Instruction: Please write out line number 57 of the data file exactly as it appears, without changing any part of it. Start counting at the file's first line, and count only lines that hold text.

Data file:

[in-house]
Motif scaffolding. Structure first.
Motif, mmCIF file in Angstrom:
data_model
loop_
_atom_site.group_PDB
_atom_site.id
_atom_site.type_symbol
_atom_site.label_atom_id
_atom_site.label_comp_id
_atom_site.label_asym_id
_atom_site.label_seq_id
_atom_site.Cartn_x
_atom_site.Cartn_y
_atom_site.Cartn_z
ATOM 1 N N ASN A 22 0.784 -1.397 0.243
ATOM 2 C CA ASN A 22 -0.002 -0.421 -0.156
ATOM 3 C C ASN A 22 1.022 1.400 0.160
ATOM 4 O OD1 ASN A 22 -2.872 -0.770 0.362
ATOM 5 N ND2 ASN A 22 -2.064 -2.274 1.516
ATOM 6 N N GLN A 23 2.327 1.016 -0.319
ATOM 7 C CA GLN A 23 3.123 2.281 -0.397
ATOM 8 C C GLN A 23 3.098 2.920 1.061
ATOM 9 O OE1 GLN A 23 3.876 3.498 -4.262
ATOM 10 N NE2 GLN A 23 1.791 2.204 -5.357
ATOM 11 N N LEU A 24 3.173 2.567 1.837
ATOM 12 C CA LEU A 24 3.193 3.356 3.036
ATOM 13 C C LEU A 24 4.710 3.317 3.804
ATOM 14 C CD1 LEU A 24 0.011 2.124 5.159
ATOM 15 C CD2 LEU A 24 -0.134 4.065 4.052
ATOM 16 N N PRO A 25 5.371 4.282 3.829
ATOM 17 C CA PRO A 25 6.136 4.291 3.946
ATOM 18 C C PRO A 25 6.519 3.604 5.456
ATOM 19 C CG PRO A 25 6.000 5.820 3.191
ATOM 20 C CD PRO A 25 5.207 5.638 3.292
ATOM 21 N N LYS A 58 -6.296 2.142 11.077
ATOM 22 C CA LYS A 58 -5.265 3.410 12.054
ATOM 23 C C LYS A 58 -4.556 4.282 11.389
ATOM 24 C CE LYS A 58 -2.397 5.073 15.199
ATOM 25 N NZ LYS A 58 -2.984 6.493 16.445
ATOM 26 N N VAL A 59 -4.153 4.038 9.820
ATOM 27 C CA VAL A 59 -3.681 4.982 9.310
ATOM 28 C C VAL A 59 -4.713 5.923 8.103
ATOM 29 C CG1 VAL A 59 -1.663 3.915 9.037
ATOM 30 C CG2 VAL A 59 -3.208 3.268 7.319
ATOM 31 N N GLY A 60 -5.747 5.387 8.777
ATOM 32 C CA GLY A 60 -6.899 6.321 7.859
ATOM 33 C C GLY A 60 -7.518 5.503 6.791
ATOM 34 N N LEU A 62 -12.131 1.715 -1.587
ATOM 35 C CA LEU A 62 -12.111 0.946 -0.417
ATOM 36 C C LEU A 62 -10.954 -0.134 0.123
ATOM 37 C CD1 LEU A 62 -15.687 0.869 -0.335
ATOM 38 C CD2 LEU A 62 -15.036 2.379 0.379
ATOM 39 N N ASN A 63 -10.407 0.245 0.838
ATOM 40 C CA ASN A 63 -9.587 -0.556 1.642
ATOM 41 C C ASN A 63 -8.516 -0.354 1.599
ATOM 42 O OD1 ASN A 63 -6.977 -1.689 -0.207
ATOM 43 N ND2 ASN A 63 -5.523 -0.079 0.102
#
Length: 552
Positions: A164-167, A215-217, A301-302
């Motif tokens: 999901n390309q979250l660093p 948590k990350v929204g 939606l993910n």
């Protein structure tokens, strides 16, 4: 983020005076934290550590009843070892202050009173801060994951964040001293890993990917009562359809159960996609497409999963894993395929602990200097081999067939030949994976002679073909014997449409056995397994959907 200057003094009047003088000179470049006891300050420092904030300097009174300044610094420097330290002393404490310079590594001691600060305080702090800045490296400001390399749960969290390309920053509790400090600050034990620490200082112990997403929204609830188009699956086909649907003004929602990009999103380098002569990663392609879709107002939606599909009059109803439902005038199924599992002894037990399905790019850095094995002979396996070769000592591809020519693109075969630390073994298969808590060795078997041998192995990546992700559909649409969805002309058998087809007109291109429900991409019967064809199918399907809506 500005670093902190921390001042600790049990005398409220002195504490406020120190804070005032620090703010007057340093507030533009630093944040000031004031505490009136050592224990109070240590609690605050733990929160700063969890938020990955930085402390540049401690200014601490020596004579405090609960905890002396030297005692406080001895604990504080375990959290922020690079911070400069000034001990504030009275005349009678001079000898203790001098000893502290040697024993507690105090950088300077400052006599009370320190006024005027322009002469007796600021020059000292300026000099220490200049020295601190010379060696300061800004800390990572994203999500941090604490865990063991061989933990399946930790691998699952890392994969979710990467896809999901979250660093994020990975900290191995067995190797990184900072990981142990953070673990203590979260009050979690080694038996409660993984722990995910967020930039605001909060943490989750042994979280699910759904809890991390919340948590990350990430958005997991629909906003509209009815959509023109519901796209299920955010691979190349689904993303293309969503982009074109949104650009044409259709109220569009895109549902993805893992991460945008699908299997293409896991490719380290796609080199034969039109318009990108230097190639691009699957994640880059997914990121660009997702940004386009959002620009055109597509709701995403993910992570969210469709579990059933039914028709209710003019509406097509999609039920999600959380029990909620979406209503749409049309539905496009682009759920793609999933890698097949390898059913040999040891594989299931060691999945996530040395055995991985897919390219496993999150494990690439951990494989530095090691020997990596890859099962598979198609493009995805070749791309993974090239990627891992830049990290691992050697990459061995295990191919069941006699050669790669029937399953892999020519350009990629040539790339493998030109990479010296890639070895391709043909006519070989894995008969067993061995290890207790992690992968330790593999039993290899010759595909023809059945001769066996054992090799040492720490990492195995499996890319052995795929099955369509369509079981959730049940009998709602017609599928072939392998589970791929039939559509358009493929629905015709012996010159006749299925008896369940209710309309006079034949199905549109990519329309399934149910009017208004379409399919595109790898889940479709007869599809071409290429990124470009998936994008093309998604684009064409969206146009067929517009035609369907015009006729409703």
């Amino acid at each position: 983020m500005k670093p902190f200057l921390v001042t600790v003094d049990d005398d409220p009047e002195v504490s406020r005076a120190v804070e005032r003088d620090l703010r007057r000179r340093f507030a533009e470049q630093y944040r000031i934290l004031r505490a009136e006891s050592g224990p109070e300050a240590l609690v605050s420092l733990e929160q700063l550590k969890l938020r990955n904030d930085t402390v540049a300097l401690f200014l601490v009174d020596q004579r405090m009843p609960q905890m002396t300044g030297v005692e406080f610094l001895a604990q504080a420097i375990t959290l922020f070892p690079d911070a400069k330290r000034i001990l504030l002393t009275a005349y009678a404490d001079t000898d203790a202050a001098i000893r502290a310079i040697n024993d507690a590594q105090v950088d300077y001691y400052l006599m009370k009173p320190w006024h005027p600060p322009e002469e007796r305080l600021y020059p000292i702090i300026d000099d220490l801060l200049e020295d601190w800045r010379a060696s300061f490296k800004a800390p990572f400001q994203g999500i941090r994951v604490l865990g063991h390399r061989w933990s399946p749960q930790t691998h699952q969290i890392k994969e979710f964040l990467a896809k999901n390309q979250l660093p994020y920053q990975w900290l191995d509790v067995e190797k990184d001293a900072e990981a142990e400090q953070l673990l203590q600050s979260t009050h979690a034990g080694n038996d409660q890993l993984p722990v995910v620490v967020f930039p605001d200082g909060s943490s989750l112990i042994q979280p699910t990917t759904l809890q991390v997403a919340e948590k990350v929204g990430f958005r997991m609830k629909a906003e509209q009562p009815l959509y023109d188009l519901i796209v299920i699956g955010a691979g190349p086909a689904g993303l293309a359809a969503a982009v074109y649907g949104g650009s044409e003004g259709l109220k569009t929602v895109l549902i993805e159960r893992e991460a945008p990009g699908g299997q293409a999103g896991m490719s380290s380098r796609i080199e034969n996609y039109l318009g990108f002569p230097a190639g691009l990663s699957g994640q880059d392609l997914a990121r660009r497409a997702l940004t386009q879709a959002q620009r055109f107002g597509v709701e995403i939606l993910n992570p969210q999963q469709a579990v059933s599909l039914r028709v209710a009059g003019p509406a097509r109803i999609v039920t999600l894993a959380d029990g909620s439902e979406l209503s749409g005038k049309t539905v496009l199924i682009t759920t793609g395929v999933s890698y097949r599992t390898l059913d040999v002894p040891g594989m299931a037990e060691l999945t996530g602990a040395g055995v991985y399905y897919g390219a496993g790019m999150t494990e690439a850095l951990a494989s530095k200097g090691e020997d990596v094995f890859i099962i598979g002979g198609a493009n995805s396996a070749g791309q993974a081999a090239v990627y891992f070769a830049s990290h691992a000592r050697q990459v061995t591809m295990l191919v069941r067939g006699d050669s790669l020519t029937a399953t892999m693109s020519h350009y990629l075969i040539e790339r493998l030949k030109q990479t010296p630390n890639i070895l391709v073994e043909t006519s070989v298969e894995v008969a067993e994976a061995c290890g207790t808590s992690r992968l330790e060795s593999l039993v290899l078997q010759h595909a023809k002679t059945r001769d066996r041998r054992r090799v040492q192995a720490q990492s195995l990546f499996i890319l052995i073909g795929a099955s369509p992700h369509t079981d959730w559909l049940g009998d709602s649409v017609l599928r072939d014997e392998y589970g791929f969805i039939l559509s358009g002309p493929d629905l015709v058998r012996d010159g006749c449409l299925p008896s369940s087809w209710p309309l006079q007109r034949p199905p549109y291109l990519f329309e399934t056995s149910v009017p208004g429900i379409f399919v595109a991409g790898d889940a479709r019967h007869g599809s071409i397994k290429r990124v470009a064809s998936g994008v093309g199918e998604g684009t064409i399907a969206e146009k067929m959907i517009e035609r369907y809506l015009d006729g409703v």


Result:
ATOM 42 O OD1 ASN A 63 -6.977 -1.689 -0.207